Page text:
The Lost Road and the Towers of Doom

Towers of doom

For years, we've wondered about the green towers on the hill behind the Stop & Shop on American Legion Highway in Roslindale (they're visible from most of the other hills in the area, including ours). The kidlet and I decided they were Towers of Doom - they were big and mysterious (there's no obvious way to get up there) and kind of ominous.

This afternoon, on a trek to the store, we noticed what looked like a bench up a little rise from the new Walgreens at the far end of the Stop & Shop strip. Hmm, could there be a path up to the Towers of Doom? The bench turned out to be a cinderblock perched on a concrete block, but there was indeed a path headed up.

And right into a lost road:

Lost road

It was a pretty creepy, post-apocalyptic road, complete with a portal to another dimension:

Lost road

Some pretty tall weeds grew in cracks in the pavement - at least, where the pavement hadn't crumbled away. As we ascended, the sounds of civilization, indeed, Boston itself, faded away and we were totally alone in the middle of godforsaken nowhere. But there was plenty of evidence that people, probably people on the run, took refuge up there, including an old lean-to, and a fire pit nearby, built right in the middle of the road:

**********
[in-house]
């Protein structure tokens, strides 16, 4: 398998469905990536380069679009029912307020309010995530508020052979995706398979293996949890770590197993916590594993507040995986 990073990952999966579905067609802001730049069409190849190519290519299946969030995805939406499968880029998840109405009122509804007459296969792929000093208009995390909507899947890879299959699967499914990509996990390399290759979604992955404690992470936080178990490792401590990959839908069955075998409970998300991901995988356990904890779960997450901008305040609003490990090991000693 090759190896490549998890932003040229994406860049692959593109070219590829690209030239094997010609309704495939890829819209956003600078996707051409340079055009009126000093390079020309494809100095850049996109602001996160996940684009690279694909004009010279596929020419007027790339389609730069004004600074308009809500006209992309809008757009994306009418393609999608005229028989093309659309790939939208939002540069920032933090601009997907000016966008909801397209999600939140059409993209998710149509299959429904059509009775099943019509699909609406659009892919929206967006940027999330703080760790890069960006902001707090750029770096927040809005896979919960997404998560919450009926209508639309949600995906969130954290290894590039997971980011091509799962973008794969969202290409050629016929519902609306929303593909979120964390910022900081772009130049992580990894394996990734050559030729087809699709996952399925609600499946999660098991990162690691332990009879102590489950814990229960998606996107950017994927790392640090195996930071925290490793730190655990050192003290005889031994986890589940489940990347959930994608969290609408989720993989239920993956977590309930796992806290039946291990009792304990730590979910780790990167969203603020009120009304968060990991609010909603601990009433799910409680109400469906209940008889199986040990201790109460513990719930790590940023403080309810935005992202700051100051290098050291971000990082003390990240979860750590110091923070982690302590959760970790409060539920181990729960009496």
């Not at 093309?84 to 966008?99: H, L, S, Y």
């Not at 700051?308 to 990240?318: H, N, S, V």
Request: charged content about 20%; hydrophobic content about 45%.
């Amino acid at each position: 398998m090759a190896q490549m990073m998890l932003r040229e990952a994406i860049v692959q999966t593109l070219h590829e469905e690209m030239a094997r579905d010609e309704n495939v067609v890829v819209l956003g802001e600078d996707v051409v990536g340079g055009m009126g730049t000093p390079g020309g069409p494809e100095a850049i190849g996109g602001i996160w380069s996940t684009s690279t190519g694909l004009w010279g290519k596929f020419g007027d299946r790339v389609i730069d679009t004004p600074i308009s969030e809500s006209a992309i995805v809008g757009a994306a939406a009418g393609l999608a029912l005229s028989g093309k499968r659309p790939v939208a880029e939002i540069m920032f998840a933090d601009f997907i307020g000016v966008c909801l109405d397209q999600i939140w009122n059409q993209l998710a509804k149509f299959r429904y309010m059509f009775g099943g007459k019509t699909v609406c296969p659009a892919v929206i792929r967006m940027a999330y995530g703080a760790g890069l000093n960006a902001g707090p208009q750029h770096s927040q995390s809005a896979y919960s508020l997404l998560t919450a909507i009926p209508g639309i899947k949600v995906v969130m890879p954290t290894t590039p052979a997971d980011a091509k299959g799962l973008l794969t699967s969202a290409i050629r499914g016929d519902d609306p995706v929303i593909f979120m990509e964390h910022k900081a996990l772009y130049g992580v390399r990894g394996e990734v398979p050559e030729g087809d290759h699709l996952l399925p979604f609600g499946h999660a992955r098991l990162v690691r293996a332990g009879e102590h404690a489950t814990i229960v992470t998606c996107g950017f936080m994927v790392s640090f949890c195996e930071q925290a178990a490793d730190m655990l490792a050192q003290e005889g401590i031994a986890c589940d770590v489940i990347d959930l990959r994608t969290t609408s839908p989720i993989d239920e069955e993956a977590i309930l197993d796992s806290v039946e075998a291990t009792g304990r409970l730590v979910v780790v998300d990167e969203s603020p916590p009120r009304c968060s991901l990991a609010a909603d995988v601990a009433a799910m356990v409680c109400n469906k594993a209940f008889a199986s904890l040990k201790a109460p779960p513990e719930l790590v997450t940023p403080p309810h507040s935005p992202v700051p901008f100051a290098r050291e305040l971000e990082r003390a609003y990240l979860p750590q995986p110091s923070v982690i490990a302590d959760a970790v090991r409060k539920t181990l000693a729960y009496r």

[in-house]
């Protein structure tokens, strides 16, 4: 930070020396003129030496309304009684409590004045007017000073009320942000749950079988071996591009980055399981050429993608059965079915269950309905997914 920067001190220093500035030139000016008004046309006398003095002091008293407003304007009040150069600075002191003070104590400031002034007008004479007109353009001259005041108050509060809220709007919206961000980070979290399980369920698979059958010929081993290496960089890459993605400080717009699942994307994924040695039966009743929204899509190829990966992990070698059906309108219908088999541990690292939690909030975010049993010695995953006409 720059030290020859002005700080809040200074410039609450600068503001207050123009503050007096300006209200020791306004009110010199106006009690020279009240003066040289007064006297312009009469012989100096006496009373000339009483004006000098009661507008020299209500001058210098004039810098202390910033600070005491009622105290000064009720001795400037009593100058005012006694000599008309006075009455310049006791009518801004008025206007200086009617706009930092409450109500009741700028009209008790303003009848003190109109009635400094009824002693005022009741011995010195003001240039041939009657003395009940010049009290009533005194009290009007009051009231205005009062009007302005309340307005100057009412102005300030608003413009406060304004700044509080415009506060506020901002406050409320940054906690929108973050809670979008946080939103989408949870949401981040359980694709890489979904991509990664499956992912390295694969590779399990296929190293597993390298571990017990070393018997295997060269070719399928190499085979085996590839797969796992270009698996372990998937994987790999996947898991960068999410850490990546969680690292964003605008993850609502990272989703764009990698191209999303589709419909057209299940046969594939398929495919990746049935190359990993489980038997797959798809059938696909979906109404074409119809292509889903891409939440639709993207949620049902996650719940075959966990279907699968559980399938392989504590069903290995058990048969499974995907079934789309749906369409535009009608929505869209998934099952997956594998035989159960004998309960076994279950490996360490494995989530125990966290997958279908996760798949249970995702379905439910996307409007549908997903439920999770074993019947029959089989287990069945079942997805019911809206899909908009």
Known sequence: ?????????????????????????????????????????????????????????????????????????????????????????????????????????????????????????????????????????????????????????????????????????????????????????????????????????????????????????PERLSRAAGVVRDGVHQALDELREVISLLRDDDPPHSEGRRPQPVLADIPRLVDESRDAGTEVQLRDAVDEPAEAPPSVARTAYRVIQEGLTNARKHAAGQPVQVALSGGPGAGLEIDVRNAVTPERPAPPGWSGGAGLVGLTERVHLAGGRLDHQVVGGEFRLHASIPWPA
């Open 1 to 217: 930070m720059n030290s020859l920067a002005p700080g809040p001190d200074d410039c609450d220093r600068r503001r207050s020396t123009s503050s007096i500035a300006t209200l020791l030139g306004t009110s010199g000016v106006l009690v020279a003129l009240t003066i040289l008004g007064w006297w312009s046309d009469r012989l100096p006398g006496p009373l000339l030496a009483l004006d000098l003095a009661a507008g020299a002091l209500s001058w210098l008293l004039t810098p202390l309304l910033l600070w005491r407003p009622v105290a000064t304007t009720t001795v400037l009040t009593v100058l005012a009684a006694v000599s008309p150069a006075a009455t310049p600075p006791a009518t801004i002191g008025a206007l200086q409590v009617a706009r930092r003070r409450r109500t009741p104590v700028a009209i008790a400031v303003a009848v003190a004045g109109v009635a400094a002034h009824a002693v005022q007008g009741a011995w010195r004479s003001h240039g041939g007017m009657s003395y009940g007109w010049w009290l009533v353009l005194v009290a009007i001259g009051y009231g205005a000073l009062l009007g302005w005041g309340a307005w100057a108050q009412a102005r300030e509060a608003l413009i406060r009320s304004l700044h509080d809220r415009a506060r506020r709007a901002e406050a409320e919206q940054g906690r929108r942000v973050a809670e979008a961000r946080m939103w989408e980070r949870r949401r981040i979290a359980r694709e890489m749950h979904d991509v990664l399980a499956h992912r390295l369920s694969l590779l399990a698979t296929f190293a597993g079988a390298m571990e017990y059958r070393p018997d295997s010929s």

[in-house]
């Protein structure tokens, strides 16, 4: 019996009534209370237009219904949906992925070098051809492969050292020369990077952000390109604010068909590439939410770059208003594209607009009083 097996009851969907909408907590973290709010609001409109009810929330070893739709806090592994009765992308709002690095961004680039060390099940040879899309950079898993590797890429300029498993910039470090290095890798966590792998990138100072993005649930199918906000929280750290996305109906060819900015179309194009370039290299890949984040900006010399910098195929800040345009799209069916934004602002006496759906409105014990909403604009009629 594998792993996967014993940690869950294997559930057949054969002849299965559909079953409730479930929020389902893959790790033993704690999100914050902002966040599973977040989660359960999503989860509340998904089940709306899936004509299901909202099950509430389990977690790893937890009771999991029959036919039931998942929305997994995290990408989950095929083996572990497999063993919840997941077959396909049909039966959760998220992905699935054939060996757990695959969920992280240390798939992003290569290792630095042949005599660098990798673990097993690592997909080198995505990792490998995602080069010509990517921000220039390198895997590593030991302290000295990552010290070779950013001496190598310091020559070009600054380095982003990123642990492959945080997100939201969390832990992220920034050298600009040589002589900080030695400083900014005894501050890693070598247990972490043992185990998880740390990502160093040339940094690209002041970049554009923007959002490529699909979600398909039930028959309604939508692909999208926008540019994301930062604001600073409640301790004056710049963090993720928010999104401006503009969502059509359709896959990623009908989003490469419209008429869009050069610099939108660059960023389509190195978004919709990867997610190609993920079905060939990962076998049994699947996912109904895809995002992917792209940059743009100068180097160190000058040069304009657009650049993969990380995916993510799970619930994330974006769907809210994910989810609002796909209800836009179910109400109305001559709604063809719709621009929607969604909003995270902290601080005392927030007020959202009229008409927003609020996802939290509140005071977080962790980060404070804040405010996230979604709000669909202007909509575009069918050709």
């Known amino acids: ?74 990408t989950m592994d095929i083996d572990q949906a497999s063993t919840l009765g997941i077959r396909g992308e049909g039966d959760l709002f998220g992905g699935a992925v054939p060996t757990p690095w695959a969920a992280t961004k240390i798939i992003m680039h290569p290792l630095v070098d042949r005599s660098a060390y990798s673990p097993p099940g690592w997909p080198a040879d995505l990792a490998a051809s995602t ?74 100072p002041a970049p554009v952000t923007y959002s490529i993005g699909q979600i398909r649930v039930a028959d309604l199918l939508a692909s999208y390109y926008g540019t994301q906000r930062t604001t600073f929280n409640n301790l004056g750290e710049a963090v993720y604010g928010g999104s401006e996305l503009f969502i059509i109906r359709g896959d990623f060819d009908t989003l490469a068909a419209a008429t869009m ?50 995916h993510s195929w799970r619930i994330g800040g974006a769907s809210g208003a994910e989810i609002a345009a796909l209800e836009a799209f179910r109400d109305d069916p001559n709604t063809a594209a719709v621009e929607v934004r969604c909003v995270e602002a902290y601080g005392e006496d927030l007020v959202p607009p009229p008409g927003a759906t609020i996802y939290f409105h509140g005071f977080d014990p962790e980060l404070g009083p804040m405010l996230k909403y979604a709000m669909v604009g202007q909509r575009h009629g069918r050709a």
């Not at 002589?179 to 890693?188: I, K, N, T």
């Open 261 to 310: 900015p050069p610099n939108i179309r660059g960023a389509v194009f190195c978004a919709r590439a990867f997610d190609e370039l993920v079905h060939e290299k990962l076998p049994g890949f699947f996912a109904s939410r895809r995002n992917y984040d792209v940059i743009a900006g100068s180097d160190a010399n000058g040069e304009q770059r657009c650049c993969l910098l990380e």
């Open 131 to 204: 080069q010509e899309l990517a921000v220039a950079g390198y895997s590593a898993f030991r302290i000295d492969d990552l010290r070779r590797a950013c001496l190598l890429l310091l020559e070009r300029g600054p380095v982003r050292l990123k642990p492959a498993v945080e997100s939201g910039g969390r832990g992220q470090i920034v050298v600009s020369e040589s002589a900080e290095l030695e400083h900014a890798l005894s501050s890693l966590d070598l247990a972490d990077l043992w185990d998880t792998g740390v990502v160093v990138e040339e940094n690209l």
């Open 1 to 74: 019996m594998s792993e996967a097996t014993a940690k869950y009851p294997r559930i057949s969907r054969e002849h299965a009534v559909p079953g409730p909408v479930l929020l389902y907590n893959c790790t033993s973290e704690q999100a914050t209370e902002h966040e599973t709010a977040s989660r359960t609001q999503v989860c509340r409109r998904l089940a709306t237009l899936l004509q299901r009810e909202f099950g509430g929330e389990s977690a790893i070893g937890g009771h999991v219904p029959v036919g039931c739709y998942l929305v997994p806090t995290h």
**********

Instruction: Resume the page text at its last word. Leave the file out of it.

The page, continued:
Lost firepit

At one point, we spotted a tiny little path that looked like it led up to the towers, but we decided to keep walking up the road, curious where it would end up, and keeping our ears alert for any sign of mutant bears and vampire wolves. The road - which had your basic City of Boston storm-drain manhole covers - ended in a fence:

Lost fence

We doubled back, and this time went up the little, wandering footpath, which led us past more evidence of habitation, including what appeared to be the remains of a bulldozed foundation or two - as well as a brief section of another abandoned road.

Eventually, we got up to the very towers! We banged on one. Sounded hollow and, fortunately, nothing banged back. We still had no clue what they were for. A bit further up from the towers was a large field, filled with scrub and these reedy things:

Lost field

Behind us stood some shorter, less mysterious towers with light fixtures atop them, pointed down at the field. At the end of the field, near some evidence of more modern civilization (what looked like modern townhouses perched on a hill) was some tall netting, of the sort you'd expect to see at a driving range (more on that anon). But sunset was nigh, we were without proper overnight supplies and so it was time to head back down.

Lost towers

Google Maps identifies the top of the hill as the Oak Lawn Golf Range (hence the netting). Some Parks and Recreation documents also call it that and say it's a 12-acre, privately owned open space.

The road we took was not shown on either a 2000 city map or one from 1948 - although a city assessing map shows an "unbuilt" (or maybe a private) continuation of Victoria Heights Road, which now ends at the other side of the fence we saw. According to that map, the area on our side of the fence is a vacant parcel owned by the New Covenant Christian Center (and assessed at $1.4 million). Some of the rest of the land is marked with what sound suspiciously like subdivision names (Crane Ledge III for example). Does anybody know more about the history of the hill of doom?



Free tagging: